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Methodology for Query Search Structure Addressing for Calendar Users

IP.com Disclosure Number: IPCOM000104448D
Original Publication Date: 1993-Apr-01
Included in the Prior Art Database: 2005-Mar-19
Document File: 2 page(s) / 77K

Publishing Venue

IBM

Related People

Jackson, BK: AUTHOR [+4]

Abstract

In an electronic calendar system, users may be cognizant of the fact that they do not know the address of a calendar user. However, users may possess some information on the calendar user. The electronic address is merely a means for accessing the user's personal calendar. There is a desire for mail office systems to automatically let the user specify a predicate search parameter as an electronic address. Users in such situations would appreciate a service that allows for addresses to be specified as a search term for a calendar user.

This text was extracted from an ASCII text file.
This is the abbreviated version, containing approximately 52% of the total text.

Methodology for Query Search Structure Addressing for Calendar Users

      In an electronic calendar system, users may be cognizant of the
fact that they do not know the address of a calendar user.  However,
users may possess some information on the calendar user.  The
electronic address is merely a means for accessing the user's
personal calendar.  There is a desire for mail office systems to
automatically let the user specify a predicate search parameter as an
electronic address.  Users in such situations would appreciate a
service that allows for addresses to be specified as a search term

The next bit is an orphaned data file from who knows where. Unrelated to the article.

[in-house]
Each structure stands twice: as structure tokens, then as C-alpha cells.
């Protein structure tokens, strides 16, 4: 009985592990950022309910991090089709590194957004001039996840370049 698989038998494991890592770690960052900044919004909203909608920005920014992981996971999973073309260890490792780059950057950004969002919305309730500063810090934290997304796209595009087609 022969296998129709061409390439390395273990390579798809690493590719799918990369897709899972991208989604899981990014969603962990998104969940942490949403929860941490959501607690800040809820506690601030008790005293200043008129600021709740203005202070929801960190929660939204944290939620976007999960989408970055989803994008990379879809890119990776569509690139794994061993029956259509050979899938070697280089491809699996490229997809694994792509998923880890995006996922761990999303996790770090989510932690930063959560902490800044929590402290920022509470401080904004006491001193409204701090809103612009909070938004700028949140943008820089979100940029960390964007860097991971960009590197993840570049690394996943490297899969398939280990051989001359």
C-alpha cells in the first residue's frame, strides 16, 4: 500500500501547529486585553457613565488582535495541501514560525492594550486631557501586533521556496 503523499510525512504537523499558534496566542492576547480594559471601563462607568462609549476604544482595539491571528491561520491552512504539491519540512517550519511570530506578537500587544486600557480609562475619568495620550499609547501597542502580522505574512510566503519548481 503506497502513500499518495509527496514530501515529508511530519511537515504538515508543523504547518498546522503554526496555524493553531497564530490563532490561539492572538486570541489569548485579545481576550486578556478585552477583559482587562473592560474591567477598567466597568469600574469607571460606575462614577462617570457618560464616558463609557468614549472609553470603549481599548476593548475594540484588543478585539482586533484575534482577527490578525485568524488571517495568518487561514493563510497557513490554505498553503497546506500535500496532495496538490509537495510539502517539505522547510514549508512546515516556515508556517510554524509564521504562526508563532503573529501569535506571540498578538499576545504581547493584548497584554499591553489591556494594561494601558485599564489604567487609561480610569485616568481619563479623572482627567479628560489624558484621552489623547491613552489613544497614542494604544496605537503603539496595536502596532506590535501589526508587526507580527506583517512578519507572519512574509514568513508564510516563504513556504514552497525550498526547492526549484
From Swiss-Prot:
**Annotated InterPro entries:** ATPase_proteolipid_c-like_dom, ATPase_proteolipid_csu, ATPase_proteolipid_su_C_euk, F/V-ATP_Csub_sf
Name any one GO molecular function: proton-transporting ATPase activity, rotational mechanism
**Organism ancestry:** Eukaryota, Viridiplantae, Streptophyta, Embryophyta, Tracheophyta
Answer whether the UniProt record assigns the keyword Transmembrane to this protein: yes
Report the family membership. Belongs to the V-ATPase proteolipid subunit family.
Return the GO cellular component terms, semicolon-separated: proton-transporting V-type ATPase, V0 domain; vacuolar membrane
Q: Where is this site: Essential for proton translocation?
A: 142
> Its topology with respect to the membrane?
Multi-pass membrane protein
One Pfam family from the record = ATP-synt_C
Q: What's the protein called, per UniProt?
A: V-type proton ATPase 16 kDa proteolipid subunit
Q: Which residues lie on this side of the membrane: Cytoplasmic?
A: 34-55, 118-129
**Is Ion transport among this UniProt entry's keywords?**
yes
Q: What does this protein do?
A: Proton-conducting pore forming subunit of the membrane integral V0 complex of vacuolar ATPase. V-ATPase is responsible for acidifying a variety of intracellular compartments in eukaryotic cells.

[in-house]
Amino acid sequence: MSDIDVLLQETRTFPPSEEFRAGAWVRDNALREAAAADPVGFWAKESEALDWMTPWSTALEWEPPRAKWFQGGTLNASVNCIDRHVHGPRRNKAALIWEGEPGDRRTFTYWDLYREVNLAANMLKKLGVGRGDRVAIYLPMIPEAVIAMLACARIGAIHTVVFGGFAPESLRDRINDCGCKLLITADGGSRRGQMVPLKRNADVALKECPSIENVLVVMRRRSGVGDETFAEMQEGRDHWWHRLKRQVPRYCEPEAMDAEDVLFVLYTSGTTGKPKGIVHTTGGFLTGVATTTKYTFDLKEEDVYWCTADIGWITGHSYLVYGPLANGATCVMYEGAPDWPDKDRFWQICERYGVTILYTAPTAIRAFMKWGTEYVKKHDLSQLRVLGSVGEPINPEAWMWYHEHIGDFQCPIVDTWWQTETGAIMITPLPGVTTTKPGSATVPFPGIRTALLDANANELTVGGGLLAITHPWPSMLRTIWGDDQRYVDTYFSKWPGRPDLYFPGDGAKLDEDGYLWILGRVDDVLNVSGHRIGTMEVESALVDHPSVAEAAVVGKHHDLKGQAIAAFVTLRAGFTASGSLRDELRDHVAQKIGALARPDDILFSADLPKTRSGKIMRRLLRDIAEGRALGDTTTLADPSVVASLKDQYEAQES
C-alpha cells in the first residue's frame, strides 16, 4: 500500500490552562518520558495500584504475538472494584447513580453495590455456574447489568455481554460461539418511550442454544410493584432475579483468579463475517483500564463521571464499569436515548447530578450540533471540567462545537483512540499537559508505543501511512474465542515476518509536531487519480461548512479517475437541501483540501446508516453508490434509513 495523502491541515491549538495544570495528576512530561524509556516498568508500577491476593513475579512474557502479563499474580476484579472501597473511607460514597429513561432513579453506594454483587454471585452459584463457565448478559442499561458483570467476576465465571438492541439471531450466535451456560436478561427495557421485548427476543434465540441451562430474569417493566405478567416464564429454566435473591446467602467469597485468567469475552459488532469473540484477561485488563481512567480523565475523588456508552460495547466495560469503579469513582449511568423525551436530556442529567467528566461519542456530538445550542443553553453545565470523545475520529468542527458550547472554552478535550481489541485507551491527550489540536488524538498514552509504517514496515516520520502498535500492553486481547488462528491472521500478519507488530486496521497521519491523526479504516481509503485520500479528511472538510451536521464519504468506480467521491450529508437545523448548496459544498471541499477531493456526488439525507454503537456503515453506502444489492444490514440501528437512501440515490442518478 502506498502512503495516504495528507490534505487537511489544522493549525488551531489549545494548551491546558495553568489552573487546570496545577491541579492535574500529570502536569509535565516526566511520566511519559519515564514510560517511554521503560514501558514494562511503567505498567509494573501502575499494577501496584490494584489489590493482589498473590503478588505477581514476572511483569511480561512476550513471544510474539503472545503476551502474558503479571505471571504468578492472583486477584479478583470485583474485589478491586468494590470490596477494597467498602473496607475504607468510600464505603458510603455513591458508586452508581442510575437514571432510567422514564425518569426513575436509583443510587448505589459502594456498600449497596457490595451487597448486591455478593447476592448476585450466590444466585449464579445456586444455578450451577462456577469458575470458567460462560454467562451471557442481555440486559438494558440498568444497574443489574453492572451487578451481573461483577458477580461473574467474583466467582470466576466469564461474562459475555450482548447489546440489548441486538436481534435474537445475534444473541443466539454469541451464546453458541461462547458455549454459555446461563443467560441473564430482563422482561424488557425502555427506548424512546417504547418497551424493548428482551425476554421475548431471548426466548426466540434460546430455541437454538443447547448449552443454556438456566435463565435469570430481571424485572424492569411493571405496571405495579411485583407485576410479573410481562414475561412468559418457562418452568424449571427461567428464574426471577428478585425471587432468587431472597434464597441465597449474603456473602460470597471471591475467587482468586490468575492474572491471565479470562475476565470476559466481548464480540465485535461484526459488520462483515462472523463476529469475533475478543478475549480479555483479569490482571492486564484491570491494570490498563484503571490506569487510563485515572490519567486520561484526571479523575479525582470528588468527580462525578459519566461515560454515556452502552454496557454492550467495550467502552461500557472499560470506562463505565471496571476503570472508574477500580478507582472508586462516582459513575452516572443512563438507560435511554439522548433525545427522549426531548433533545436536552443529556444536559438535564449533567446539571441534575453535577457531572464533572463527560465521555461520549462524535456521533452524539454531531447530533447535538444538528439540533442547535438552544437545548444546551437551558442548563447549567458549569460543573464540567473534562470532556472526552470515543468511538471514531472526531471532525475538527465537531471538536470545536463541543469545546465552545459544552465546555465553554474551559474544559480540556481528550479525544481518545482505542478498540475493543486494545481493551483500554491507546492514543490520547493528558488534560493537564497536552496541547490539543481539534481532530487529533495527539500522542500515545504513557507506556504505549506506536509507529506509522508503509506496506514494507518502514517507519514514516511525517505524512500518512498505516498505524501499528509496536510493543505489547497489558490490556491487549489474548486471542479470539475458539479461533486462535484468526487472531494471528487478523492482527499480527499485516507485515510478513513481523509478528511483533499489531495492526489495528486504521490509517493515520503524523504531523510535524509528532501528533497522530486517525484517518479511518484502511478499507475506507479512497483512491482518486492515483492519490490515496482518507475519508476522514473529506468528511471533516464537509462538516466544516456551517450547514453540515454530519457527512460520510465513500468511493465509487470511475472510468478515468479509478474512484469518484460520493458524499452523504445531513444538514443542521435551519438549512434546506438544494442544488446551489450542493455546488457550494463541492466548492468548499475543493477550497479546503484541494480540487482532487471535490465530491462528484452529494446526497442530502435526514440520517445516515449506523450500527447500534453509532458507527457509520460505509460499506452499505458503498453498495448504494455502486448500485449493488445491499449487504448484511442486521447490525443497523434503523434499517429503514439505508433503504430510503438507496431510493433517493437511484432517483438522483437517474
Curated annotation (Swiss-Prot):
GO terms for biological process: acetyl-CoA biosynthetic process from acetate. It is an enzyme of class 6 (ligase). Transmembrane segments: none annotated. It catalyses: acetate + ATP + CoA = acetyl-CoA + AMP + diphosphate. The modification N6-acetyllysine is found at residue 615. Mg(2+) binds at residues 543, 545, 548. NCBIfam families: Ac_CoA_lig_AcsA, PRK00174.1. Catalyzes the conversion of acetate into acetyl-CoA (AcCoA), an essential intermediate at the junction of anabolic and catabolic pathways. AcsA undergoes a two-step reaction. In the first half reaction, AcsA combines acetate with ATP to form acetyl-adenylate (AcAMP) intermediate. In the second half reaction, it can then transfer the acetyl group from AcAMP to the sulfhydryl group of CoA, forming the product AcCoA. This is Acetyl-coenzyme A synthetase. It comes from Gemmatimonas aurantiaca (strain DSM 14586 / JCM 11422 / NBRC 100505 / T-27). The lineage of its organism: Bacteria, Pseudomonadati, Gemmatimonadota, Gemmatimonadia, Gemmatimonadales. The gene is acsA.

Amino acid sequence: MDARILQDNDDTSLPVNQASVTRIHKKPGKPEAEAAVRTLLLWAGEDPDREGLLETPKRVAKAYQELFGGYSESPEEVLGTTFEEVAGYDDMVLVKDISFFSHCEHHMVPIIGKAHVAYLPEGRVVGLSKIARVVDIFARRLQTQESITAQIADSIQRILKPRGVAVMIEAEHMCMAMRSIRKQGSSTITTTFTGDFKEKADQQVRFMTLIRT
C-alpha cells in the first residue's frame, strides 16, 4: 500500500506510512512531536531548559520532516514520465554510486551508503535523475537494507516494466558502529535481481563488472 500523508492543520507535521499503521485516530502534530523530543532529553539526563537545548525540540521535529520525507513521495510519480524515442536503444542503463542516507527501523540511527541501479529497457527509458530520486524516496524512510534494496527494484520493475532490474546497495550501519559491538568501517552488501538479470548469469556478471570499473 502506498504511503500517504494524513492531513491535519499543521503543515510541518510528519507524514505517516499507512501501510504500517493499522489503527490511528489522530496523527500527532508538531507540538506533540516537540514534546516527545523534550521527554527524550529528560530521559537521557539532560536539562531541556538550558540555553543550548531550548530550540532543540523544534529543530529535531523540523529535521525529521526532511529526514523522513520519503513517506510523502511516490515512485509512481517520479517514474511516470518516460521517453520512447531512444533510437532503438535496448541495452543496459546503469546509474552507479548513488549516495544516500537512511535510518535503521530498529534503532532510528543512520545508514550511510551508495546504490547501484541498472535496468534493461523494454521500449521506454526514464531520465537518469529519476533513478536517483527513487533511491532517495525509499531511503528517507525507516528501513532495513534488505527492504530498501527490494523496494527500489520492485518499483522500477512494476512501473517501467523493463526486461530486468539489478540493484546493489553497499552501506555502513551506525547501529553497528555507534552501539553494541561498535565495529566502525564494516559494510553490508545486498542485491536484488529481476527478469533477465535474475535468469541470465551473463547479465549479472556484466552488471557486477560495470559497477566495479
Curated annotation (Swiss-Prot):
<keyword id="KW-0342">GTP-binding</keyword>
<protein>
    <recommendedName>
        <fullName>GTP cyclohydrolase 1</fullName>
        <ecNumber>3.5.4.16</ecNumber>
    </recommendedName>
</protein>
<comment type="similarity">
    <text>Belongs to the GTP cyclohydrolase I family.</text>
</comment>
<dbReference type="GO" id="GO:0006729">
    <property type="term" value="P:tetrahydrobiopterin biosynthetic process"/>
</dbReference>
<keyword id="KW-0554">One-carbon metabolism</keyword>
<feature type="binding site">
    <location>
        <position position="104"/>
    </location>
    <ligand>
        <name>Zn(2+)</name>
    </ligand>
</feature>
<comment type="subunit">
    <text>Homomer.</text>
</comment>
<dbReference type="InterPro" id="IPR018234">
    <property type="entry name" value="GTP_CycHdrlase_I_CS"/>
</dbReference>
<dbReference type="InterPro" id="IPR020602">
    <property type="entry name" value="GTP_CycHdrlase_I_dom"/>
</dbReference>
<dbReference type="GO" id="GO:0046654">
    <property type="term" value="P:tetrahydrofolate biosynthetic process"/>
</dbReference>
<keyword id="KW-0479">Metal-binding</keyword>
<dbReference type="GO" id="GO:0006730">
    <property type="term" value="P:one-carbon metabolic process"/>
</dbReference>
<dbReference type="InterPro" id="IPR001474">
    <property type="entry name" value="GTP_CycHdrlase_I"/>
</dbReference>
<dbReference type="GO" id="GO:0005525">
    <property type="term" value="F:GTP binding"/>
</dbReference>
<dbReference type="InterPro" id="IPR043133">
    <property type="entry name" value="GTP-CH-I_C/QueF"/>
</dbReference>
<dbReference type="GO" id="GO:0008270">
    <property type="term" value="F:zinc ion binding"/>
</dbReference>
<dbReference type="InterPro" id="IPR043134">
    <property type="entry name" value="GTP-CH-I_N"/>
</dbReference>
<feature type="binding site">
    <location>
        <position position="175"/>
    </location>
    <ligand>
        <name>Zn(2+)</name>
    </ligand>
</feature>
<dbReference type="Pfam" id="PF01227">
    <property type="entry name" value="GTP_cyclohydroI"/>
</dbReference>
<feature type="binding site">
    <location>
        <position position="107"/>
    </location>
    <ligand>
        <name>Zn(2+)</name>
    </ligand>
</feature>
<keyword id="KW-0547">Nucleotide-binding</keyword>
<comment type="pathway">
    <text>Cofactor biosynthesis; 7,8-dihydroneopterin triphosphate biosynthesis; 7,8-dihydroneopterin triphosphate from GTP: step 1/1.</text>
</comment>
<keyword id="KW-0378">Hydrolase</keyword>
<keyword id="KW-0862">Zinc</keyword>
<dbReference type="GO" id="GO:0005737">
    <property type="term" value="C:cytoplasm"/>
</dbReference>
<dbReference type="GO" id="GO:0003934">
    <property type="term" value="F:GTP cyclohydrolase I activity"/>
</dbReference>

for a calendar user.

      Upon a user specifying an address in a specified Search
Construct format at access time, a Query Resolution Service accepts
the address as a query parameter.  The parameter is submitted through
a Syntactical Verifier to ensure the construct is of the correct
format.  Subsequently, a Semantic Verifier service assures that the
specified address is semantically correct.  Upon these conditions
being valid, a Query Protocol Engine performs an associated query.
The protocol engine allows for the addresses to be decomposed into
components to allow multiple searches if specified.  For example, a
user may have specified an address of "MARK* @ NODE1 ºº NODE2".  This
single address when passed to the Query Protocol Engine designates
that any directory data base queries on a userid with the prefix of
MARK either at NODE1 or NODE2 should be used as the address for the
calendar user.  In the case of multiple results, the user can select
from the returned response's valid format.  Misspelled or an
otherwise incorrect address is submitted through a series of rules to
determine potentially known replacements for the address.  Those
skilled in the art recognize a plurality of Boolean constructs can be
developed to allow multiple criteria to be specified.  A user...